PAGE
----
The UK Intellectual Property Office (UKIPO) has published a practice amendment notice (PAN) confirming its approach to the classification of NFTs, virtual goods, and services provided in the metaverse. Coming nearly a year after a corresponding notice released by the EU Intellectual Property Office, this PAN provides more detailed guidance including specific examples, which should make it easier for applicants to avoid specification objections and issues.
Given that NFTs are inextricably linked to the assets to which they relate, the UKIPO will not accept NFTs as a classification term on their own and will instead request that the assets to which they relate are also specified. Examples of acceptable terms include:
- Digital art/downloadable graphics/digital audio files authenticated by non-fungible tokens [NFTs].
- Downloadable software, namely, [list the type of goods], authenticated by non-fungible tokens [NFTs].
To cater for the possibility of NFTs being used to authenticate physical assets, the UKIPO will allow a reference to NFTs in the appropriate goods class, eg by adding authenticated by non-fungible tokens (NFTs) after handbags in class 18 or clothing in class 25.
The accepted language in relation to retail services and/or provision of NFTs via online marketplaces in class 35 includes:
- Retail services connected with the sale of [eg virtual clothing, digital art, audio files] authenticated by non-fungible tokens.
- Provision of online marketplaces for buyers and sellers of goods and services which are authenticated by non-fungible tokens.
If access to certain services is linked to an NFT, such as club entry, these services would still fall in class 41 (entertainment).
Although all virtual goods belong in class 9, they still need to be defined clearly and concisely and it would not be sufficient to refer broadly to virtual goods. Instead, wording such as downloadable virtual clothing would need to be applied for.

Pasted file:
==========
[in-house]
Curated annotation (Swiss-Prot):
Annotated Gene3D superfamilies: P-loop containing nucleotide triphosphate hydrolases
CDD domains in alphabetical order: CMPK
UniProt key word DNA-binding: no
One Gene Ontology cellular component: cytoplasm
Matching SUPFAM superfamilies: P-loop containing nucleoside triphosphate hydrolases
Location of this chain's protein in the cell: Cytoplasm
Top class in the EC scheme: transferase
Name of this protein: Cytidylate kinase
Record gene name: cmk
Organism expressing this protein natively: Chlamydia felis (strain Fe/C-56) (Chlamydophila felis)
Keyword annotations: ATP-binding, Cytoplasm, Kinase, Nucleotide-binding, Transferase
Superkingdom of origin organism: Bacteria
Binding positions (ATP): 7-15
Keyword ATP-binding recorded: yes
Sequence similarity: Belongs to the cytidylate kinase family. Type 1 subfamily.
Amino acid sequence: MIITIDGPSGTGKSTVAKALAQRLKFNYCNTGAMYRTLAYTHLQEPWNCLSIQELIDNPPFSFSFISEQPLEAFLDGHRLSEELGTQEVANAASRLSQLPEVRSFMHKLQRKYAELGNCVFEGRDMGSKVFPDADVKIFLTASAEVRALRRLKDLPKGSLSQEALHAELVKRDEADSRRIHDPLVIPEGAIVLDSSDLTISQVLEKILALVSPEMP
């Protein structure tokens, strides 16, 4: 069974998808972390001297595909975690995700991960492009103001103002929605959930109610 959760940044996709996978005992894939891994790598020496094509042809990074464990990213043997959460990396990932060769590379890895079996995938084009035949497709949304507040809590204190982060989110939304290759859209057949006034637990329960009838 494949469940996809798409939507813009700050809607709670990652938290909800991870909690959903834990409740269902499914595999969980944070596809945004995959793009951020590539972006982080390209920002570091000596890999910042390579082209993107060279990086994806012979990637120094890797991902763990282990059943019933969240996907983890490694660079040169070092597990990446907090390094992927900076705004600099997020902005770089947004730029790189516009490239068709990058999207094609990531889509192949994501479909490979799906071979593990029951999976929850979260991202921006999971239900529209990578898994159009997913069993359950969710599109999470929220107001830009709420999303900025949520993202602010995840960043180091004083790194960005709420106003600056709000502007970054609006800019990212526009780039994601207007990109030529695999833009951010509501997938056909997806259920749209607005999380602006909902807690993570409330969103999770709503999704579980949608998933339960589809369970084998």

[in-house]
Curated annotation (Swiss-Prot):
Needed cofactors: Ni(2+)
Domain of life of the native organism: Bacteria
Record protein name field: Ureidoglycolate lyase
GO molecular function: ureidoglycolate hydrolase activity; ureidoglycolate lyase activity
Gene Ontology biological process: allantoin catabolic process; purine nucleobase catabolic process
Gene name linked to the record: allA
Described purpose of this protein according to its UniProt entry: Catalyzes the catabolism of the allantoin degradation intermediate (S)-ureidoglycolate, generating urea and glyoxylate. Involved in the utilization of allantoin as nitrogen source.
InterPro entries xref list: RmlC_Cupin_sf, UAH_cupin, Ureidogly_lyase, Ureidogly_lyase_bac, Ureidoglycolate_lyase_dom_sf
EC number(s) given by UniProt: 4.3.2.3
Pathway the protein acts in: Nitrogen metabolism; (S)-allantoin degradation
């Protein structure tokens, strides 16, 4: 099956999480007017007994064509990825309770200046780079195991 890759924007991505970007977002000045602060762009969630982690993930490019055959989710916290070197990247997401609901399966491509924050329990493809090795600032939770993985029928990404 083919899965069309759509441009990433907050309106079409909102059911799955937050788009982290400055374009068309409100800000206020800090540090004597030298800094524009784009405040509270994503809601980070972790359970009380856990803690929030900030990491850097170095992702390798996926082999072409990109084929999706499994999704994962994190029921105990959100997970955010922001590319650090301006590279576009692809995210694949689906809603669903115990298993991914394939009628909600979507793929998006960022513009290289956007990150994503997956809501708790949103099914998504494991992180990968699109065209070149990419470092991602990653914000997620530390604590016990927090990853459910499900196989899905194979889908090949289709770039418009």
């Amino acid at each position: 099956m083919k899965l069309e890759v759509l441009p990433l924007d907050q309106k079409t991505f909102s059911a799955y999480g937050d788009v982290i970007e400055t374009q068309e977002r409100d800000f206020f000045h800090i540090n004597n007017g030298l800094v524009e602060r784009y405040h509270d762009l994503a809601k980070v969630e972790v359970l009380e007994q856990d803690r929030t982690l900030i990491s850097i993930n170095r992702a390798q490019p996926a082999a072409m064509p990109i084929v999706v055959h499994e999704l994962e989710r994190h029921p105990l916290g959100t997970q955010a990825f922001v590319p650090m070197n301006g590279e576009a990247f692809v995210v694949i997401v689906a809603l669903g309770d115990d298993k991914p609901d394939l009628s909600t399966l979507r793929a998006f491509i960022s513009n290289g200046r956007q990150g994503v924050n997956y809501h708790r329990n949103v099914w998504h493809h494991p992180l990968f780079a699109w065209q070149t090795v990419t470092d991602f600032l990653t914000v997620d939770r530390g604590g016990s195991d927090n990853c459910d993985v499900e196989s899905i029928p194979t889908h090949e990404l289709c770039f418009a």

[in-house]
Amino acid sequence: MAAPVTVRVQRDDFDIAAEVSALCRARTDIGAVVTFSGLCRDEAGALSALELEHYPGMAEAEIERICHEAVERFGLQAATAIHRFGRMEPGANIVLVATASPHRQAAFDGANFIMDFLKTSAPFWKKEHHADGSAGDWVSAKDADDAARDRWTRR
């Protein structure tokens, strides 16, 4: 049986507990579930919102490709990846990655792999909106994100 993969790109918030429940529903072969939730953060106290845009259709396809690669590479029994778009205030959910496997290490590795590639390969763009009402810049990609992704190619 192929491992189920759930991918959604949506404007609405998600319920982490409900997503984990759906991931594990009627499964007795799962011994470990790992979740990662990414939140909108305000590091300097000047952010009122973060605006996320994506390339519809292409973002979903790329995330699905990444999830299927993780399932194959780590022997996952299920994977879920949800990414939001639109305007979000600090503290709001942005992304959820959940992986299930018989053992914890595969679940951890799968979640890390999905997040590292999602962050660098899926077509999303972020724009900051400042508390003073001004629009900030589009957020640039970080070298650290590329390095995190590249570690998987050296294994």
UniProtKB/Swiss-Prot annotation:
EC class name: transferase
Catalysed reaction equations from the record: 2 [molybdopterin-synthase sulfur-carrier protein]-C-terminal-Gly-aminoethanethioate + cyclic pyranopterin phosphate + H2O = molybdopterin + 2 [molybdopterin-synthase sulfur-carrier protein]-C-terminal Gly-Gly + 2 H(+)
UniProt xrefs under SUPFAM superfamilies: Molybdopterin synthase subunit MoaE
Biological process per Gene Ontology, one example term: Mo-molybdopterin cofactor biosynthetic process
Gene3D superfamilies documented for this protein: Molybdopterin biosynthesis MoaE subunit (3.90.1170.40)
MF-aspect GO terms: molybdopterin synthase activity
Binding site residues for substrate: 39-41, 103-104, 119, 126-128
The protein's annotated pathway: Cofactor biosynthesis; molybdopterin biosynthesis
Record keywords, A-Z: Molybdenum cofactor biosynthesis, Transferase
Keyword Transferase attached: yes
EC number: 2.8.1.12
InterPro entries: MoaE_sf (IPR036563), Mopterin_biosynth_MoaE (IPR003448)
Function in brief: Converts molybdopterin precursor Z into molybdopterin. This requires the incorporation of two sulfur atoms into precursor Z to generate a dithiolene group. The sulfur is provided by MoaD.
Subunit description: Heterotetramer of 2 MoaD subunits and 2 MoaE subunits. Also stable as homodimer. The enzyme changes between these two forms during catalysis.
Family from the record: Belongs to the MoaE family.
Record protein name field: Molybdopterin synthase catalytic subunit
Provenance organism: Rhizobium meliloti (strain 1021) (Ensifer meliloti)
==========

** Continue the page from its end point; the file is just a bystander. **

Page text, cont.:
The UKIPO has also confirmed that it will accept services provided by virtual means and via the metaverse as long as they fall in the correct class for the services themselves.
However, where the service itself is provided in the metaverse, eg food delivery in the metaverse with the avatar eating the food, such services would not fall in class 43 and may instead be defined more generally by eg entertainment services, namely, provision of a virtual reality or metaverse based simulation gaming service.
Although this PAN is significantly more detailed than the earlier EUIPO guidance, it is squarely in line with its predecessor which also confirmed that virtual goods fall in class 9 and must be further specified.
Similarly, the EUIPO's requirement for the assets authenticated by NFTs to be spelled out in the specification was repeated by the UKIPO, as was the requirement for services relating to virtual goods and NFTs to remain in their respective classes.
It is reassuring to see the respective offices specifying the same rules, which should hopefully limit the number of objections. Nevertheless, this UKIPO PAN is effective immediately so any applications for these goods/services claiming priority from filings approved by other IPOs may need looking at again if they are not in line with this notice.